I started this blog to brand myself, give insight into the life of an extremely passionate soon-to-be elite, and highlight the high’s and lows of a 20-something year old. But, inevitably, it always comes back to branding – in being, living, portraying the idea of what a dedicated, striving professional is. But, to be honest, 2 years since my first post, I still don’t entirely know what that is. Or, if I want to embody it. Based on your comments, apparently I wasn’t ‘faking it till I make it’ either –
“You change your mind a lot.”
You give off an image via social media that, for better or worse, may or may not be anything like you in the flesh. A year and a half ago, a week before the US Champs, I tweeted about a crazy night in Oregon. I had flown in to Portland, taken a train to Niketown, transferred to 2 buses, and walked a half mile with 2 pieces of luggage the size of body bags to finally arrive at Chris Solinskys doorstep. He had the key to my home for the next 2 weeks – Lopez Lomongs apartment while he was altitude training in Flagstaff. The apartment key was still attached to Lopez’s car key. “Oh, you can give me that too, Lopez said I could use his car” mumbled out of my mouth without even thinking about the gravity of this massive lie. So, there I was, a week later, pulled over for not having my lights on (you’d understand if you’ve ever had a Portland summer), without proof of legally being able to operate a motor vehicle (I had misplaced my license the previous fall), driving a ‘stolen’ car, with registration that didn’t seem to exist, in a car that was insured under Joseph Lomong, a completely different name than stated in my original story to the curious officer. “Lopez Lomong, ya know, he’s an Olympian” I said to the cop. He wasn’t impressed by my seemingly fabricated story or by the amount of paperwork I was beginning to represent. He gave me a warning and let me go. That cold beer I was heading to, yea, it was sounding even tastier!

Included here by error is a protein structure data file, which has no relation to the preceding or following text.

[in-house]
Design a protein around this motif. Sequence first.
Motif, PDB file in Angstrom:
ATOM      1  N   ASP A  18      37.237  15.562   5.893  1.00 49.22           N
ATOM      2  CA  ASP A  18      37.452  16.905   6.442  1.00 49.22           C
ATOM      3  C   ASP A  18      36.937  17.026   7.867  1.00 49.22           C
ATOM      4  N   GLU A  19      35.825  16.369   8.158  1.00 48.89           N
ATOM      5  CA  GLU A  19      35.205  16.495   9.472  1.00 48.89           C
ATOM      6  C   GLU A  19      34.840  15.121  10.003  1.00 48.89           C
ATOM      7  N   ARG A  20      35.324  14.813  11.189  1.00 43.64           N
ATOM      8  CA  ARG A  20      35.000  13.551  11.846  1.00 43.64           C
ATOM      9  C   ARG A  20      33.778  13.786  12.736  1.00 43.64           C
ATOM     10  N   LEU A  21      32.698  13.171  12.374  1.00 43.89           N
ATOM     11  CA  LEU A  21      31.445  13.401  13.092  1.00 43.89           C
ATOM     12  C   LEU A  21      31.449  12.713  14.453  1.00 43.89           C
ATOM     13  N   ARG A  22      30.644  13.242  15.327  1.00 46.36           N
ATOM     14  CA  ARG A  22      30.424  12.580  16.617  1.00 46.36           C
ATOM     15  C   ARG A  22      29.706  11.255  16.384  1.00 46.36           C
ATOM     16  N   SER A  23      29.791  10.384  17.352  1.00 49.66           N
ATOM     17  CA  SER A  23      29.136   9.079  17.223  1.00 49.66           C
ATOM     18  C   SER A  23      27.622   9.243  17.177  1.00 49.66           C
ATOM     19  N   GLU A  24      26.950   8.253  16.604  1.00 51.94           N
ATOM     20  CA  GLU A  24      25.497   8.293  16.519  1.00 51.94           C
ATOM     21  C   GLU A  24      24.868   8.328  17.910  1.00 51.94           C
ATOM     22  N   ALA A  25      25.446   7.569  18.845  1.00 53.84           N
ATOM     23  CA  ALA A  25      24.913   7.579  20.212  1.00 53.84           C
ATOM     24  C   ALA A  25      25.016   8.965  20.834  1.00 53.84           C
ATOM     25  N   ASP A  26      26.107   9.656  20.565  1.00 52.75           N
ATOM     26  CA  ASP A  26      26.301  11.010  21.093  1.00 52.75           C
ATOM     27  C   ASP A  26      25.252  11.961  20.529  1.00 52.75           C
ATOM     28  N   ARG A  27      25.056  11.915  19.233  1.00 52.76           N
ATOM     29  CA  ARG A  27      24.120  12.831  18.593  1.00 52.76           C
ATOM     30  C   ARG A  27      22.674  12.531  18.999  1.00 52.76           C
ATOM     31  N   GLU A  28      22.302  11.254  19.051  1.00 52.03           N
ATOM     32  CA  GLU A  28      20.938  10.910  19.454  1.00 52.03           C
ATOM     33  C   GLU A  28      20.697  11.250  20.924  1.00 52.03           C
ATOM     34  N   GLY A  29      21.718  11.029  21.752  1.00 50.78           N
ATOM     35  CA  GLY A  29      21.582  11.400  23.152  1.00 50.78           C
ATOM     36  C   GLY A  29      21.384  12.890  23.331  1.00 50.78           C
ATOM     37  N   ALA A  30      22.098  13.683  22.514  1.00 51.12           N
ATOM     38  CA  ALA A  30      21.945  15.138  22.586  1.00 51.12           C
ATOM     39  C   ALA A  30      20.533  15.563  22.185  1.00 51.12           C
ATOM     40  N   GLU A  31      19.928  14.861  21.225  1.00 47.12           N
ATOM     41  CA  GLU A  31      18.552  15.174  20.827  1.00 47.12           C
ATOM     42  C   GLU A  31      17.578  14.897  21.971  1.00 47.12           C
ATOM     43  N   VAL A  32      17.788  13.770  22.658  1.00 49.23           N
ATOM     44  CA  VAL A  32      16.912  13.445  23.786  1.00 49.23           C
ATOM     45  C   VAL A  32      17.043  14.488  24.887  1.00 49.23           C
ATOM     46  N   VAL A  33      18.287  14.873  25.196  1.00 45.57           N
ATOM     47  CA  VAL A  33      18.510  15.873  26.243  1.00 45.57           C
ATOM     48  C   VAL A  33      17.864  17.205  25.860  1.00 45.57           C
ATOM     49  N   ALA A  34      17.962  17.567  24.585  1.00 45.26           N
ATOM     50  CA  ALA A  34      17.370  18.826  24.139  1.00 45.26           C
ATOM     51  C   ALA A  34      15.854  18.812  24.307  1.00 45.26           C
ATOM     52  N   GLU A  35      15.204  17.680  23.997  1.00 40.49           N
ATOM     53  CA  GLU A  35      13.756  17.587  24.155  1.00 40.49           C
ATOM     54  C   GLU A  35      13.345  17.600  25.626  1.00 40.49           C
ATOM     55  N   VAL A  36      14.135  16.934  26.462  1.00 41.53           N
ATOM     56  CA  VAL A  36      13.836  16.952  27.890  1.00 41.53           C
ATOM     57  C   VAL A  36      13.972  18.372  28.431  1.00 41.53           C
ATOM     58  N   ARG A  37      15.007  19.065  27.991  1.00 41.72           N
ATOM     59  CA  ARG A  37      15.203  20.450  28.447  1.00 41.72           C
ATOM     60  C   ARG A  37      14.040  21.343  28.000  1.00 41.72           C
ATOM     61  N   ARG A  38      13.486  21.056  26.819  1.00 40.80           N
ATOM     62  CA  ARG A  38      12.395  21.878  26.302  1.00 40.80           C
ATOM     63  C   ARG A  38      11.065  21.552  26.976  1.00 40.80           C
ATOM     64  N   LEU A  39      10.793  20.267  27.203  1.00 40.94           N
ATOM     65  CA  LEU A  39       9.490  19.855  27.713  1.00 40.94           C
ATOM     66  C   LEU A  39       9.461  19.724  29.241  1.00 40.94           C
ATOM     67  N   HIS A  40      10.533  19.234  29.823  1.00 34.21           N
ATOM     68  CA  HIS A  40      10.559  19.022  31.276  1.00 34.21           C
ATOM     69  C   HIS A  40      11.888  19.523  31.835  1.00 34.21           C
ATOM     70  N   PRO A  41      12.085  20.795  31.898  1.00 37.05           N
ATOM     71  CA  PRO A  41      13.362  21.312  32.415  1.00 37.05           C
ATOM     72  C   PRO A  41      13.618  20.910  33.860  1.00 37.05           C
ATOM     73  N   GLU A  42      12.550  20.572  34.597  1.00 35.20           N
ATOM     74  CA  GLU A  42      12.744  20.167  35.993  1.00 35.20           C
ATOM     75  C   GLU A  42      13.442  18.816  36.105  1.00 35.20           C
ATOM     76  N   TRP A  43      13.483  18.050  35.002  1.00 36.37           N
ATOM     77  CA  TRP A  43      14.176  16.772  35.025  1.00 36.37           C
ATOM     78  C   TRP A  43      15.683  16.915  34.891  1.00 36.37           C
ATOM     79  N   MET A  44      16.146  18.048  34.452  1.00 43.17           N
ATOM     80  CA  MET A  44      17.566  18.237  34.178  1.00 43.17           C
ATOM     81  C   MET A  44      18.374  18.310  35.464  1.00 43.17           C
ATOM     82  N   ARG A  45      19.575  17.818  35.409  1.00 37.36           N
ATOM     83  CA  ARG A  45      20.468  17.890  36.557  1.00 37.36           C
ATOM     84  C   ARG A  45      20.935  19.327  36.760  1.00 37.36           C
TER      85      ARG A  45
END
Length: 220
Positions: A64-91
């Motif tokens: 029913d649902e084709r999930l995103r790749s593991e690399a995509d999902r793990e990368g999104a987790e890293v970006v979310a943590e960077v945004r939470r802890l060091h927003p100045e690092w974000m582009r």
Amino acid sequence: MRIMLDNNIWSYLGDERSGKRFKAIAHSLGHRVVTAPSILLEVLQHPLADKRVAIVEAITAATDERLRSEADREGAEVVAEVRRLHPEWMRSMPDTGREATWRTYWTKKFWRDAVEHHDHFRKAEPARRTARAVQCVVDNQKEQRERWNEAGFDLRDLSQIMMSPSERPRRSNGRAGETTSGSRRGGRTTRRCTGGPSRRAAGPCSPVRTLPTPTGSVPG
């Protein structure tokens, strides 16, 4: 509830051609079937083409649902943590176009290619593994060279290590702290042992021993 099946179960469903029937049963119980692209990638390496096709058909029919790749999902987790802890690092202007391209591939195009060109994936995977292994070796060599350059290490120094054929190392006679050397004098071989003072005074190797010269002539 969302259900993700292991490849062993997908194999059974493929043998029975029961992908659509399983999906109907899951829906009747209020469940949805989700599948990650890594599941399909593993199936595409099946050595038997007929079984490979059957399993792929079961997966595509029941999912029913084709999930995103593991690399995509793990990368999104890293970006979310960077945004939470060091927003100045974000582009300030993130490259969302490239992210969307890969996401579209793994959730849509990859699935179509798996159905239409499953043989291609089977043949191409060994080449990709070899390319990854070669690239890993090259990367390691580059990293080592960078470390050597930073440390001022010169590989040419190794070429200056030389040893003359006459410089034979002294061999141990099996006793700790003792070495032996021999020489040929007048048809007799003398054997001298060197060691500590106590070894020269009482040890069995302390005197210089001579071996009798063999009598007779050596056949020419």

My friend and I must have been the only females in the entire bar that night because we spent the majority of our time shooing away overly friendly men that were way too interested in our day jobs. Thirty minutes after arriving at the class-less hole in the wall, we headed for the door. 2 guys blocked the exit asking why we were leaving so early. Seriously, I already explained this, we only went for 1 drink. He boldly rebuttled “so, we know you’re into exercise and all, so why don’t you ladies come back to our place for a workout.” I quickly uttered “she’s a born again Christian”, pointed at Stephanie Pezzullo and ran like a giddy school girl into the car.
It was funny. It’s still funny. I tweeted about it. I lost a ton of followers. I cared. I don’t care anymore. I run.. a lot, but it’s not my entire world.
I’m pretty sure anyone whose started a business, tweeted, or posted a status update understands me. You try to represent more than yourself – a job, a passion, a cause. But, you’re not allowed to stray from that image; you’re supposed to embody it. Obviously, because you studied nutrition and passed the RD test, therefore nullifying any ability you once had of having a fat day. Seriously though, you’re going to take advice from some lady that’s bitching on Facebook about all the Twizzlers she just gorged on? Or entrust your son with a teacher after seeing a picture of her butt up and out, keg standing during a Halloween-ragger?
When’s the TV time out from work? Can I post a picture with an alcoholic drink? Am I allowed to tweet a music video showing off my suh-weet white girl dance moves? Because, I feel entrapped in no’s. I feel claustrophobic trying to brand myself into something a potential sponsor is looking for instead of just being me. Screw the image.
I know the things that are important to me, but I’m not exactly sure where to find them.
I’m not a professional. Like, I’m actually not.
And perhaps you’re onto something, it’s been a few days 😉